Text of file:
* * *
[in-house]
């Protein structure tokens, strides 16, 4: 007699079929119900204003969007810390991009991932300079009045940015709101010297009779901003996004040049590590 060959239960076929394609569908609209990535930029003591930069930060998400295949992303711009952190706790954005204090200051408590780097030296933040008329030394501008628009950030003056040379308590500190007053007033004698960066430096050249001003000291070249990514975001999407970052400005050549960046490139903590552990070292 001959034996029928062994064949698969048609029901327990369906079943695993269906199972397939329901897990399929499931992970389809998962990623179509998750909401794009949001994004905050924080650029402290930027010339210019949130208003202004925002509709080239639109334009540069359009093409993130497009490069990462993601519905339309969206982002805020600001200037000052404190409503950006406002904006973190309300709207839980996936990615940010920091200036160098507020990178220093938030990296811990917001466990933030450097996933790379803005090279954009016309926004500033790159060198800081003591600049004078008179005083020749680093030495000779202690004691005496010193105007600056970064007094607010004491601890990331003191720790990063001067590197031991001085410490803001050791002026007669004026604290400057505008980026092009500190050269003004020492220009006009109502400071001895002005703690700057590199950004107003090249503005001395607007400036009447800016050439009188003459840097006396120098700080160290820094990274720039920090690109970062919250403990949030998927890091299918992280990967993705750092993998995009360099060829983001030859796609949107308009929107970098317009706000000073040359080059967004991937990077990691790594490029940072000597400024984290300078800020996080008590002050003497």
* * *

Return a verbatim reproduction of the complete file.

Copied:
[in-house]
């Protein structure tokens, strides 16, 4: 007699079929119900204003969007810390991009991932300079009045940015709101010297009779901003996004040049590590 060959239960076929394609569908609209990535930029003591930069930060998400295949992303711009952190706790954005204090200051408590780097030296933040008329030394501008628009950030003056040379308590500190007053007033004698960066430096050249001003000291070249990514975001999407970052400005050549960046490139903590552990070292 001959034996029928062994064949698969048609029901327990369906079943695993269906199972397939329901897990399929499931992970389809998962990623179509998750909401794009949001994004905050924080650029402290930027010339210019949130208003202004925002509709080239639109334009540069359009093409993130497009490069990462993601519905339309969206982002805020600001200037000052404190409503950006406002904006973190309300709207839980996936990615940010920091200036160098507020990178220093938030990296811990917001466990933030450097996933790379803005090279954009016309926004500033790159060198800081003591600049004078008179005083020749680093030495000779202690004691005496010193105007600056970064007094607010004491601890990331003191720790990063001067590197031991001085410490803001050791002026007669004026604290400057505008980026092009500190050269003004020492220009006009109502400071001895002005703690700057590199950004107003090249503005001395607007400036009447800016050439009188003459840097006396120098700080160290820094990274720039920090690109970062919250403990949030998927890091299918992280990967993705750092993998995009360099060829983001030859796609949107308009929107970098317009706000000073040359080059967004991937990077990691790594490029940072000597400024984290300078800020996080008590002050003497």